‘Songs Of Praise’ is an outstanding debut both lyrically and instrumentally, and shows that Shame may fulfill all those breathless promises that they can save British guitar music.
Linkin Park’s live album ‘One More Light Live’ acts as a more effective document for its parent album, and provides a fitting tribute to Chester Bennington.
Returning after a seven-year hiatus, The Neptunes’ recording vehicle N*E*R*D* still suffers from the same flaws and lack of consistency on ‘No_One Ever Really Dies’.
Marshall Mathers’ latest attempt at resuscitating his credibility on his ninth Eminem album ‘Revival’ tries hard, but leaves very little impression on the listener’s memory.
‘Songs Of Experience’ is a conscious, concerted effort from four men nearing their 60s to seize the zeitgeist and sound relevant in 2017.
Björk’s flute-heavy ninth album ‘Utopia’ is one of her most enchanting and meditative to date.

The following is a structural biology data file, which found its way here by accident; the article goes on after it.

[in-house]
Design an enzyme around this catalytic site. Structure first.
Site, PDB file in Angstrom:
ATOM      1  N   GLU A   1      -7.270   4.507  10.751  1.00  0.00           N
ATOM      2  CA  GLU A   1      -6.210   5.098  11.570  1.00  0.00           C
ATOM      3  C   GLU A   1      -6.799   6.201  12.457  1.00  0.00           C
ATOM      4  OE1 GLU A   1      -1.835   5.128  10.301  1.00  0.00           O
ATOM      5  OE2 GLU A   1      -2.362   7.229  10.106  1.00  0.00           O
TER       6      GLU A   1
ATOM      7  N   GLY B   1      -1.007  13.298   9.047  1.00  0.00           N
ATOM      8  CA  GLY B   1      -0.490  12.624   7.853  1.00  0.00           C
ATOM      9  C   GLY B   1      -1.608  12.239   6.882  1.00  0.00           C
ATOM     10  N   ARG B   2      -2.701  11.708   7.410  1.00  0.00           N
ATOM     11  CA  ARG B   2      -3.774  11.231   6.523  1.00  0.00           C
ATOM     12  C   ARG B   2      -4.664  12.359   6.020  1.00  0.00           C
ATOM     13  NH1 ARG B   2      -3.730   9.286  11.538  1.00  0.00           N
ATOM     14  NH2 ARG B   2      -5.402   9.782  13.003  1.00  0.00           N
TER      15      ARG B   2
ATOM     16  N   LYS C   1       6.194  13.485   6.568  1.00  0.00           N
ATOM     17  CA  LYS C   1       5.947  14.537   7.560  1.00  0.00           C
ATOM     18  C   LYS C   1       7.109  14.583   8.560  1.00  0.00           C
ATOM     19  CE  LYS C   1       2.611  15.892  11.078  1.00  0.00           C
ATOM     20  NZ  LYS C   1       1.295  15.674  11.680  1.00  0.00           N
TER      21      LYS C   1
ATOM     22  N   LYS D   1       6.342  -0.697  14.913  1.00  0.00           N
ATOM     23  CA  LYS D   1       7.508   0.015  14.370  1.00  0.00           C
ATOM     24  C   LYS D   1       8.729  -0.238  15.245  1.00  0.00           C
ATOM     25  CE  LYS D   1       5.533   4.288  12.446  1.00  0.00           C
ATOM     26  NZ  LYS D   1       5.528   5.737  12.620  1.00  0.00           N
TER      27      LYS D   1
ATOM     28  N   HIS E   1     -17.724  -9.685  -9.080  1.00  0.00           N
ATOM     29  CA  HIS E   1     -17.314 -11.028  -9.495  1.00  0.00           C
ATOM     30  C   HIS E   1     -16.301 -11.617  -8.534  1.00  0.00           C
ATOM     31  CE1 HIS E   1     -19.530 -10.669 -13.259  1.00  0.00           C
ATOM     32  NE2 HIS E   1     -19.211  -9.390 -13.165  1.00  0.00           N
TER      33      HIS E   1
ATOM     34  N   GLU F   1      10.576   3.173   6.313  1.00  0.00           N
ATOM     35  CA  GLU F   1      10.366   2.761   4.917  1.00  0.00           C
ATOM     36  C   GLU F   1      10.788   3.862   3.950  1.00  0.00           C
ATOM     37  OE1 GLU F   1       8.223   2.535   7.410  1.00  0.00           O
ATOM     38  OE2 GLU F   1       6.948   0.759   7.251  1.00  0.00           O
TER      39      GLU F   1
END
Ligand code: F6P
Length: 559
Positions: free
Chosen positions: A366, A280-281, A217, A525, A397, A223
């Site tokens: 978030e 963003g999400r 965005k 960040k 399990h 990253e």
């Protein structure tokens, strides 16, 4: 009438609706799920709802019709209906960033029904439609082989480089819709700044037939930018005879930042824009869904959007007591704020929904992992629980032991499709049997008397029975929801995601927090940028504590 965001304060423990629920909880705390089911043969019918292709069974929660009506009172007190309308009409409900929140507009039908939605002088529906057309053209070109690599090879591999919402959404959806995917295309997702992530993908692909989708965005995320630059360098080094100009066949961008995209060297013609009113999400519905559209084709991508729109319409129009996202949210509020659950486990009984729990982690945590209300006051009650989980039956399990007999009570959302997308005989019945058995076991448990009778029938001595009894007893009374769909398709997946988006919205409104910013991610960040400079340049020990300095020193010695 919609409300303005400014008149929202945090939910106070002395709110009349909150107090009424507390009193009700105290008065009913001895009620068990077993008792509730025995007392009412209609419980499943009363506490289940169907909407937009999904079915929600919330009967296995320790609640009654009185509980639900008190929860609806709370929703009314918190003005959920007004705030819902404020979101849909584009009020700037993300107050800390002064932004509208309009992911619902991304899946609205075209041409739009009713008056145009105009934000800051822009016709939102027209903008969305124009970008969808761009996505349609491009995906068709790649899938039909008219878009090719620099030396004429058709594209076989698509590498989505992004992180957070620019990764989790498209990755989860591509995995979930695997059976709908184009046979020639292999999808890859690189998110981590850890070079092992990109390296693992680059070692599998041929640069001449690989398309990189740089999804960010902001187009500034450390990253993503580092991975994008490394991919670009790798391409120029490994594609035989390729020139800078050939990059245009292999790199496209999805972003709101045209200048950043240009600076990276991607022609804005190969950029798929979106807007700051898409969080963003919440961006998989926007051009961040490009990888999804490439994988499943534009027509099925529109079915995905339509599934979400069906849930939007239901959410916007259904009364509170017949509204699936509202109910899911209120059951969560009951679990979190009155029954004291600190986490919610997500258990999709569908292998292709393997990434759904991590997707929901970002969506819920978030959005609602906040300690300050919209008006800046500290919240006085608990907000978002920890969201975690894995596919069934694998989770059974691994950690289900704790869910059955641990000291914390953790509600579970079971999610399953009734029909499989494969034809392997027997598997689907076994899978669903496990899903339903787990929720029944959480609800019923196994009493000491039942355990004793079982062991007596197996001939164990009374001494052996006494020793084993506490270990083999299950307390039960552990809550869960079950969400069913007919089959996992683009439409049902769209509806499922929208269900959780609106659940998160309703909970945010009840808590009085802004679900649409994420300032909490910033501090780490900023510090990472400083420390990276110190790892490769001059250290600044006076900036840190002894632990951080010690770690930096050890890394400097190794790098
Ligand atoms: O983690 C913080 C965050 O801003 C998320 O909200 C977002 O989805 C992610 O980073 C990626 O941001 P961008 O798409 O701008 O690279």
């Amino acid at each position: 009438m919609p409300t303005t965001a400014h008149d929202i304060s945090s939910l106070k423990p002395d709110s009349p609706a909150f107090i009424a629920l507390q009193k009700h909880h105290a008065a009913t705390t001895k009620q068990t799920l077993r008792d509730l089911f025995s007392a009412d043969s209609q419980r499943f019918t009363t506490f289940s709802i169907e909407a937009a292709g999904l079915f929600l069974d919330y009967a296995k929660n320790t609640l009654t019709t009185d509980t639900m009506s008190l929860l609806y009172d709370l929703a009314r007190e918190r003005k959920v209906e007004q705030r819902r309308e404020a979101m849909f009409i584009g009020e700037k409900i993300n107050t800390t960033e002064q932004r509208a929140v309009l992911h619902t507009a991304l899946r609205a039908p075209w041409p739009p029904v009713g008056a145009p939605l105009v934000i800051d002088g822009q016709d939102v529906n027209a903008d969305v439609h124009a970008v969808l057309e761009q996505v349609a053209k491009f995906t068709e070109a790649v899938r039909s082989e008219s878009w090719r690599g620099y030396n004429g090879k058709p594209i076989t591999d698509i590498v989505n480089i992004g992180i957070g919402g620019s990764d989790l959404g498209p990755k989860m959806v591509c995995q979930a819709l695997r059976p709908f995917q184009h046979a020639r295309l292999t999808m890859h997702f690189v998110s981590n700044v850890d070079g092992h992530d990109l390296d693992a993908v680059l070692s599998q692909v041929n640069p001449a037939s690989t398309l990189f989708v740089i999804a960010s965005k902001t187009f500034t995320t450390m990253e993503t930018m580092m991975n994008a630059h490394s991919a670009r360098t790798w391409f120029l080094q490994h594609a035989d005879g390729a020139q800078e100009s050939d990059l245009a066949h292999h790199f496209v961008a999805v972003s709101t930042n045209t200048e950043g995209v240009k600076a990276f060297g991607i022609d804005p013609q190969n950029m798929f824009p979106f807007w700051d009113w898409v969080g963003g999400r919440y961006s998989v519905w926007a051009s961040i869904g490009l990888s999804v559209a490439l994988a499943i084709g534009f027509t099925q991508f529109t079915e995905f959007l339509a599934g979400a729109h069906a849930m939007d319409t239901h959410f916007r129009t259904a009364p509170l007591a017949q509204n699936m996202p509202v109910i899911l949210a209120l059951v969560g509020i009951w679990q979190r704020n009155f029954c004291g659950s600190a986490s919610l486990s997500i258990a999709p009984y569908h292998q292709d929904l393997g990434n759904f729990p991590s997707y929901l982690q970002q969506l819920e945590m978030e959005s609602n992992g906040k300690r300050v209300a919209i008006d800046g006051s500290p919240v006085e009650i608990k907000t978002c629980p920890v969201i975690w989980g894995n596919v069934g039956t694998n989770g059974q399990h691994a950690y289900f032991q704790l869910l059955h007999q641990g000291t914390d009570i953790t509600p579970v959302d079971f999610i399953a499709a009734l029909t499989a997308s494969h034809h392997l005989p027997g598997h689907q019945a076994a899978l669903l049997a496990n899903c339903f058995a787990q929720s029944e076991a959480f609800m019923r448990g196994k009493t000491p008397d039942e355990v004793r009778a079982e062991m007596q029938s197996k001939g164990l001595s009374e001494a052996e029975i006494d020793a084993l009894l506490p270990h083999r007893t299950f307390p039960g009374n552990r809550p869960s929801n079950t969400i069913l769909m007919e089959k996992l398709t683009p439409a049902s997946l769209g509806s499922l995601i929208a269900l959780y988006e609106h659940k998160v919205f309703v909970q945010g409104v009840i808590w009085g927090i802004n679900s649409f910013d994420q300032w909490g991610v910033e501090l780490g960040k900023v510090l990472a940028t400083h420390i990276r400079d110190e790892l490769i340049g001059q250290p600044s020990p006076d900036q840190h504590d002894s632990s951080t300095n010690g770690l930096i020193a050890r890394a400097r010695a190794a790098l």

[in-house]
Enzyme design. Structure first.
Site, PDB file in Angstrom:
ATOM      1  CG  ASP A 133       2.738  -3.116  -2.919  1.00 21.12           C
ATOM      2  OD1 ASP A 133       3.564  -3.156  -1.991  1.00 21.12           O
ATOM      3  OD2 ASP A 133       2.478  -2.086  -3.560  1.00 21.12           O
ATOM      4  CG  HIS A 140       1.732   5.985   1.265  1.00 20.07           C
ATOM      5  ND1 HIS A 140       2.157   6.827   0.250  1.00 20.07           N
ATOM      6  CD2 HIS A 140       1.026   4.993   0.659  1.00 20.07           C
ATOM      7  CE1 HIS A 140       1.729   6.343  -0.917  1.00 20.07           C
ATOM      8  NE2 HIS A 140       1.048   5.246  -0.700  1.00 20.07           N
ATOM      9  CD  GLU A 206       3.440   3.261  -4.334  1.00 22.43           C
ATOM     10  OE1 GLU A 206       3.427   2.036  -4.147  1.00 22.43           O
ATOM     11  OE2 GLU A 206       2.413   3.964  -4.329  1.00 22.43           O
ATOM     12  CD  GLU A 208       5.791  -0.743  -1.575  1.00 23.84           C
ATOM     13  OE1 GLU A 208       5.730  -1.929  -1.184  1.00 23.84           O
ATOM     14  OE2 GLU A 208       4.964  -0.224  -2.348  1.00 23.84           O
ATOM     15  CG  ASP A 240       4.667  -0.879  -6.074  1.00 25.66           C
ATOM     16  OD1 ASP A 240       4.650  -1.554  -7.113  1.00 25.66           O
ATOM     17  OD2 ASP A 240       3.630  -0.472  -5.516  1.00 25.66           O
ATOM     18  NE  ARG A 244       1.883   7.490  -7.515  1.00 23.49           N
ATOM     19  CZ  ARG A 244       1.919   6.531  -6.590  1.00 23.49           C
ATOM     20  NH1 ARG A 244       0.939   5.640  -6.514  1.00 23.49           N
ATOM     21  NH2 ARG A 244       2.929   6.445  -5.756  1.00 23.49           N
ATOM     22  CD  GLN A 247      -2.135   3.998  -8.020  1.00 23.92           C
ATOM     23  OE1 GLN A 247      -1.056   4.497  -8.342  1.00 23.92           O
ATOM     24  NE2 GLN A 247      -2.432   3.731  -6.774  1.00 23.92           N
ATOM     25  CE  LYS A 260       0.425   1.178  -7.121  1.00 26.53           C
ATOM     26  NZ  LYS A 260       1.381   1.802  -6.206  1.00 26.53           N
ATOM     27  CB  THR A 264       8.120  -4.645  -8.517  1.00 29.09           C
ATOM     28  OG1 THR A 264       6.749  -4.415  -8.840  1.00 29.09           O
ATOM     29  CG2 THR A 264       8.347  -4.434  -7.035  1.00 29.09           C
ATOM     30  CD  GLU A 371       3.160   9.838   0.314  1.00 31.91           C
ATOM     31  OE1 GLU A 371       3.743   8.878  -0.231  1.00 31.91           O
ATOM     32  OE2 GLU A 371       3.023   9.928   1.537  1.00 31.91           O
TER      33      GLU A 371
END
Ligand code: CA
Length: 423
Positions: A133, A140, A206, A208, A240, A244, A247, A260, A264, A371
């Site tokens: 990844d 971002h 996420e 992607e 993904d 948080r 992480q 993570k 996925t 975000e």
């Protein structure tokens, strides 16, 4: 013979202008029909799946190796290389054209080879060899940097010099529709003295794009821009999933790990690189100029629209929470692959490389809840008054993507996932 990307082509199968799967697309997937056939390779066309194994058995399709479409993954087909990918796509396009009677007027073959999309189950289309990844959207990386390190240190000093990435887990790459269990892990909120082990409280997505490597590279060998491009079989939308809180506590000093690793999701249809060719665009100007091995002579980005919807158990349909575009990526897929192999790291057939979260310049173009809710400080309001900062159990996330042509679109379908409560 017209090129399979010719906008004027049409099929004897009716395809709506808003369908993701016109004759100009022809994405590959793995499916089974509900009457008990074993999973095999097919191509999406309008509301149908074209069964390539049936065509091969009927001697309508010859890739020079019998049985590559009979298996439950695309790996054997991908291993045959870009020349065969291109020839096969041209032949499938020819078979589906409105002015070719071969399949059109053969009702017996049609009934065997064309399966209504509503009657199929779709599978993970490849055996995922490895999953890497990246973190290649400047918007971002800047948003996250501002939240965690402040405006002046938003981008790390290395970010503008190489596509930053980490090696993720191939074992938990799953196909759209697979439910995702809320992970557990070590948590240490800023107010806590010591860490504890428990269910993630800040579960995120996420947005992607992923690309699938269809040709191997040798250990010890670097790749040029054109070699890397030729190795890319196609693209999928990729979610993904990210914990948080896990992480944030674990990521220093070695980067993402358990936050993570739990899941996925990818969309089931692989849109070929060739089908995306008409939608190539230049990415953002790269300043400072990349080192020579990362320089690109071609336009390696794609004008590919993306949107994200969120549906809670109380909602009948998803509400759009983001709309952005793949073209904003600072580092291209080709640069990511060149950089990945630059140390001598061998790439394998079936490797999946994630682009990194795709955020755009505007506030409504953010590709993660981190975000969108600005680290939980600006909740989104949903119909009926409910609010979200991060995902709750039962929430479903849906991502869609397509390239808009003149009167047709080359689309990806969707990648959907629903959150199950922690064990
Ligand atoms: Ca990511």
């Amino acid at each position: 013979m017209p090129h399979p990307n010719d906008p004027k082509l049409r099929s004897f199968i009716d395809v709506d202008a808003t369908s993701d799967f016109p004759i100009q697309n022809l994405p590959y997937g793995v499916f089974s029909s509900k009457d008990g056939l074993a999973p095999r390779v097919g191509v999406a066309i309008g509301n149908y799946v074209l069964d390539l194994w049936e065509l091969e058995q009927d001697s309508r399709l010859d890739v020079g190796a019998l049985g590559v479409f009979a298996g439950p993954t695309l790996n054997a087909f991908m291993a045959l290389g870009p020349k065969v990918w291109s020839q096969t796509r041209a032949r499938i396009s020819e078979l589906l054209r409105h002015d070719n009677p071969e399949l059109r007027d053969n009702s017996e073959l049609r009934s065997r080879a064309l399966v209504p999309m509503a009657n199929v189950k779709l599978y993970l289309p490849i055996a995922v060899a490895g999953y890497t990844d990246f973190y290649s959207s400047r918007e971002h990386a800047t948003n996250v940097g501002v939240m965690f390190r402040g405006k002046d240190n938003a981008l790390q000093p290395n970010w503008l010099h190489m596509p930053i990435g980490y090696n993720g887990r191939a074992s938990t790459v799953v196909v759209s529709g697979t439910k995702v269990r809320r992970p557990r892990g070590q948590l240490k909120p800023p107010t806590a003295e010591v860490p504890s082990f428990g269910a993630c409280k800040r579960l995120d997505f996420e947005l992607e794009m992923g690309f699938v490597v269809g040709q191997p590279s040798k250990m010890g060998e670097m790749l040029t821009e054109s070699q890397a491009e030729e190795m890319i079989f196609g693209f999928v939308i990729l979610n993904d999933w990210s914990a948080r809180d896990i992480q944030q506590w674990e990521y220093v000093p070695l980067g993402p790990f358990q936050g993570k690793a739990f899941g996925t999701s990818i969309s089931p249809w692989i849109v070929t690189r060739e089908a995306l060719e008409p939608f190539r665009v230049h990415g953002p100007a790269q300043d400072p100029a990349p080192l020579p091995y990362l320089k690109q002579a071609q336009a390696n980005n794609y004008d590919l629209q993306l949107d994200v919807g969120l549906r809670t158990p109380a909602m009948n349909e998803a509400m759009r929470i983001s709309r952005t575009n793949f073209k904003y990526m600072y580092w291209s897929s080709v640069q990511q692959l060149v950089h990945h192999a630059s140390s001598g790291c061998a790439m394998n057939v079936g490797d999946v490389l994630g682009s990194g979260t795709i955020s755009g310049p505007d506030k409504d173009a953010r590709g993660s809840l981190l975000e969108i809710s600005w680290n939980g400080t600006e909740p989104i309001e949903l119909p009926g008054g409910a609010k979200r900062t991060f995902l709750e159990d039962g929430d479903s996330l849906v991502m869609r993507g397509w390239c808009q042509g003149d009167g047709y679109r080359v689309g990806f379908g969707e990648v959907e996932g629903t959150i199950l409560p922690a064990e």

Fizzing with invention and the spirit of experimentation, ‘Who Built The Moon?’ finally delivers on the rhetoric that Noel Gallagher has been exhorting for nearly two decades.
‘Rest’ isn’t an unmitigated success and there are times where the experimentation misses the mark, but, on album five, Charlotte Gainsbourg sounds as free as ever.
With a handful of unfortunately necessary oversights due to space constraints, Green Day’s latest greatest hits comp ‘God’s Favorite Band’ is a solid but unspectacular career overview.
Psychedelic garage rock veteran John Dwyer continues his prodigious output rate by returning to his OCS moniker on ‘Memory Of A Cut Off Head’.